For more than four decades, the top two levels of Rome’s most popular point of interest, the Colosseum, have been inaccessible to the public. The good news is that beginning in early November 2017, visitors can finally climb the steep stone stairs that ascend up this famed historical edifice and explore more of it.
In the time of ancient Rome, the Colosseum’s fourth and fifth levels contained the seats for the poorest people, as these vantage points were farthest from the circular field of the gladiator shows. Ironically, these levels offer top value in modern times.
From here, the venue’s visitors are now able to enjoy the best view of the whole Colosseum as well as the astonishing panorama of the Italian capital, the nearby Roman Forum, and Palatine Hill. It has been announced that up to 25 people per guided group will be admitted when the section open on November 1, 2017.
Rising some 130 feet above the stage for fighting, the uppermost levels were occupied by the plebeians of ancient Rome. These people belonging to the lower classes would sit on benches made of wood, cheering together with the people who sat in the sections below, which were for the more prosperous.
The ground level of the Colosseum was reserved, of course, for the Emperor himself, as well as for Rome’s senators and their families. Other significant officials would find their seats on level two, and people of the middle class were able to follow the gladiators’ battles from the third seating tier.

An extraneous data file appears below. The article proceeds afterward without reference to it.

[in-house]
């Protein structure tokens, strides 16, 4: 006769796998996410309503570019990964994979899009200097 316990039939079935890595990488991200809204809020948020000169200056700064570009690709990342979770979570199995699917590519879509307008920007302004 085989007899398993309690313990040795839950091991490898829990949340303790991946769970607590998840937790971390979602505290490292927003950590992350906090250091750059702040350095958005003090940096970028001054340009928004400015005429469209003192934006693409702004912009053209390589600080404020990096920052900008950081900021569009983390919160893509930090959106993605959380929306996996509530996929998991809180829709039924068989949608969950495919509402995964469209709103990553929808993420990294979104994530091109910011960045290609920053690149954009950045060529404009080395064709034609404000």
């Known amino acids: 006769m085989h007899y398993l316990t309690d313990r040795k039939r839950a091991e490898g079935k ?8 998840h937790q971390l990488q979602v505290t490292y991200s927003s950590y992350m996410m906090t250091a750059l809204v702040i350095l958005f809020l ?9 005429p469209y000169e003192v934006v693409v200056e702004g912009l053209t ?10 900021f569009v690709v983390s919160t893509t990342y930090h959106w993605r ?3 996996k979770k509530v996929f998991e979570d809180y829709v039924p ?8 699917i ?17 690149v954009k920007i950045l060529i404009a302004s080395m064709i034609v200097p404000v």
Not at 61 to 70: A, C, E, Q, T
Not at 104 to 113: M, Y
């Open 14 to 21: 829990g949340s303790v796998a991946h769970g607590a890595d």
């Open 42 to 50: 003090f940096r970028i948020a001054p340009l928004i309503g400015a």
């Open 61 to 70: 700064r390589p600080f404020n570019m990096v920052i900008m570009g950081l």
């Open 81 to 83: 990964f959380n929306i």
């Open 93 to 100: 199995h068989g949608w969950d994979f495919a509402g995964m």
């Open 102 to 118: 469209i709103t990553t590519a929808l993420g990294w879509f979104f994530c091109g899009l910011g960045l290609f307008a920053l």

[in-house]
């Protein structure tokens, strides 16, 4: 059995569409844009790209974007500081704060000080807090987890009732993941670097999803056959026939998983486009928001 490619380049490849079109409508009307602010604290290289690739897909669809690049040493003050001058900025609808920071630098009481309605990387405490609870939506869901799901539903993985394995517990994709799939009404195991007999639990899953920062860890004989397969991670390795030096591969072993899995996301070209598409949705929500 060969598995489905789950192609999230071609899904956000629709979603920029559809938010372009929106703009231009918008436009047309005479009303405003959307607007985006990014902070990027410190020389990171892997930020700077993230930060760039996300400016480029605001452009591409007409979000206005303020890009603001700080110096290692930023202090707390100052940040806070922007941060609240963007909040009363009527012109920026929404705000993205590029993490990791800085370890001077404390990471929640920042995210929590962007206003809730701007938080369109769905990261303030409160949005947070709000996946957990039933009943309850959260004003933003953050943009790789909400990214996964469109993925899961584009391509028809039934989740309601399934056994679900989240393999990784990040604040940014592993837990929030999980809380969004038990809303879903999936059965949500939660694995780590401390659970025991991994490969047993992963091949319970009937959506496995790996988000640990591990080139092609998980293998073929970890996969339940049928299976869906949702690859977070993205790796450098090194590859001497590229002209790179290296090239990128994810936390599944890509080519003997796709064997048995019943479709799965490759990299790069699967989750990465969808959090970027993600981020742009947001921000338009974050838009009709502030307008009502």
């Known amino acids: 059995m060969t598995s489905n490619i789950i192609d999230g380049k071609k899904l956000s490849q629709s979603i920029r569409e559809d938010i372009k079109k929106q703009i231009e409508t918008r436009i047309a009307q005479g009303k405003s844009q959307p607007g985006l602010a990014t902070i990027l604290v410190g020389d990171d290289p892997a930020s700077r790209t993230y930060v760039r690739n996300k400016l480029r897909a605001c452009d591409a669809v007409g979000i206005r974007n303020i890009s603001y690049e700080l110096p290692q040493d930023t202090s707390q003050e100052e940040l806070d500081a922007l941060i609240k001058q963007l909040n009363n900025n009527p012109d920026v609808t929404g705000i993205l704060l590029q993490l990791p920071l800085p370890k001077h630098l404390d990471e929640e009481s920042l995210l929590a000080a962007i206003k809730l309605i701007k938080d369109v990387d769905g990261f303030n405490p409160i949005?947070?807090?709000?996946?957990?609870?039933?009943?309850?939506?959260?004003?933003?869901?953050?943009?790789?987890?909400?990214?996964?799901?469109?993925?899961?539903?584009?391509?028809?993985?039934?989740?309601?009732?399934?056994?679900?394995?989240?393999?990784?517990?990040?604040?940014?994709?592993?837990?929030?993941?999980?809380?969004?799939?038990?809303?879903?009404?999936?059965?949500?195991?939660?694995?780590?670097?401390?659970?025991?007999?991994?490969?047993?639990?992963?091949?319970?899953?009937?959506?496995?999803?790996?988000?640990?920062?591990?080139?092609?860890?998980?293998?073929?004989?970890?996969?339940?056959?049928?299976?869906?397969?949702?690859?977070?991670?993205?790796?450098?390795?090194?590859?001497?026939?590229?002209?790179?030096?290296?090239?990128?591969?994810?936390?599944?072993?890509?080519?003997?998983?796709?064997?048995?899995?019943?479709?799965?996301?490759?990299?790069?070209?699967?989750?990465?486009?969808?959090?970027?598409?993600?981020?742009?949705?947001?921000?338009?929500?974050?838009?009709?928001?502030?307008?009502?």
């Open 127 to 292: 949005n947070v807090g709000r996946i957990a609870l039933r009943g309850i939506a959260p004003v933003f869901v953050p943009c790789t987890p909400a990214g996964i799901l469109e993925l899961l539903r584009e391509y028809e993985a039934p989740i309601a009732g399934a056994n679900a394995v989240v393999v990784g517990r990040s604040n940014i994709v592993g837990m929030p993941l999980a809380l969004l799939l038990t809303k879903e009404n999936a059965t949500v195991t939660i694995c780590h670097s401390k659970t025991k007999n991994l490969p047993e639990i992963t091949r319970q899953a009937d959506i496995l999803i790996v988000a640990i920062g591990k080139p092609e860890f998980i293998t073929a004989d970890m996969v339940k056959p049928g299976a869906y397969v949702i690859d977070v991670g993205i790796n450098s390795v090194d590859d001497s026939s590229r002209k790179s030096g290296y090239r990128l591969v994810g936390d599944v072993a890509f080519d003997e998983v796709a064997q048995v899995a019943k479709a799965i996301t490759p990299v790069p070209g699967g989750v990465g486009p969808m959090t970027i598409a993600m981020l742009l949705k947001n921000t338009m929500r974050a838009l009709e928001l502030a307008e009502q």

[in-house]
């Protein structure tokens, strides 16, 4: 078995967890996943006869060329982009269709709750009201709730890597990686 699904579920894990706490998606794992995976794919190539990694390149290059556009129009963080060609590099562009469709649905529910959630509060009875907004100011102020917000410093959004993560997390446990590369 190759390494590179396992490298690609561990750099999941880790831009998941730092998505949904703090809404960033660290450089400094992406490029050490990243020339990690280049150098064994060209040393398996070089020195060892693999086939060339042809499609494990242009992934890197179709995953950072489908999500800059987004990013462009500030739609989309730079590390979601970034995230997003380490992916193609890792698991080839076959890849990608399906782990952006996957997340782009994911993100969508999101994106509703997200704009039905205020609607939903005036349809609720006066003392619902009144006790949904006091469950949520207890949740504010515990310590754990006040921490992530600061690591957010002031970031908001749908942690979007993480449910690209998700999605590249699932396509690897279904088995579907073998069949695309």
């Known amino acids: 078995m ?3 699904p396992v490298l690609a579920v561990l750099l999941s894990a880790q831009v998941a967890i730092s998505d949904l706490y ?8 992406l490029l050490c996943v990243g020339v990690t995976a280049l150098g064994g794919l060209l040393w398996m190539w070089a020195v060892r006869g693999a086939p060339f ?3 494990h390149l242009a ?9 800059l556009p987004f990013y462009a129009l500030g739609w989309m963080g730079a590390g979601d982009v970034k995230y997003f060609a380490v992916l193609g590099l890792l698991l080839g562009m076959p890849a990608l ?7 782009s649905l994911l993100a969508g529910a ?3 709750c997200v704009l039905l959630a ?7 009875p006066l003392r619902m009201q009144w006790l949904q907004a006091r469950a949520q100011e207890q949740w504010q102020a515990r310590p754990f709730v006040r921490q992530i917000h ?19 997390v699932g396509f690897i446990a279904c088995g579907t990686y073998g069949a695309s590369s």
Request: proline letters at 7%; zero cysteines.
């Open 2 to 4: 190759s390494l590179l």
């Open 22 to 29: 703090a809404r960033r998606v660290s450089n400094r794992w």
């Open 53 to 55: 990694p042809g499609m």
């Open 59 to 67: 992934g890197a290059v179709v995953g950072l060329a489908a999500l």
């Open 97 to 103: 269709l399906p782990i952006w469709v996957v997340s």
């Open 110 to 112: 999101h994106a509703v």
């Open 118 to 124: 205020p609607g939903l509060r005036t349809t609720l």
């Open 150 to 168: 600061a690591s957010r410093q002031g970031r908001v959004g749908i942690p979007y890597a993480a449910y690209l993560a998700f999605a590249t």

The edifice of Rome’s Colosseum was erected around 75 AD, and during its peak up to 80,000 visitors filled the arena to follow the events in the circular ring in the middle, no matter if it was men versus animals or men versus men.
Some of the early Christians were condemned to a public death suffered in the Colosseum, such as being devoured by animals. The first Christian martyr, Ignatius the bishop of Antioch, was torn apart by lions, at the command of Emperor Trajan in 107 AD.
Regardless of the fact that the Colosseum is Rome’s top point of interest, numerous sections of the building have been shut down for tourists in the past decades, mostly due to safety concerns and ongoing restoration projects. For example, the third level of the ancient arena, as well as its subterranean section, was opened only in 2010.
In the past years, the fourth and the fifth levels underwent considerable restoration. The effort was financially backed by the company Ted’s, a well-known Italian brand that manufactures leather goods such as shoes. The company invested around $30 million in the Colosseum’s restoration efforts as early as 2011.
Back then, some people raised concerns about engaging the business sector, especially private companies, in restoring historical buildings that are of national interest, but the investment deal seems to have paid off.
Restoration efforts will always be essential in keeping the buildings of antiquity alive. Projects for revitalizing or clearing the venue of its overgrown vegetation have been carried out by several different groups.
The Colosseum’s facade was strengthened with triangular brick pieces in two instances during the early 19th century, and the arena’s subterranean realms were fully exposed when Benito Mussolini was in office.
The Colosseum remains to be one of the most popular places to see, not only in Rome but the whole of Italy. Estimates tell that around 6 million people visit the venue each year. In addition to this year’s opening of the fourth and fifth floors, visitors will be able to access more areas such as the dimly lit corridors that were also previously inaccessible to the general public.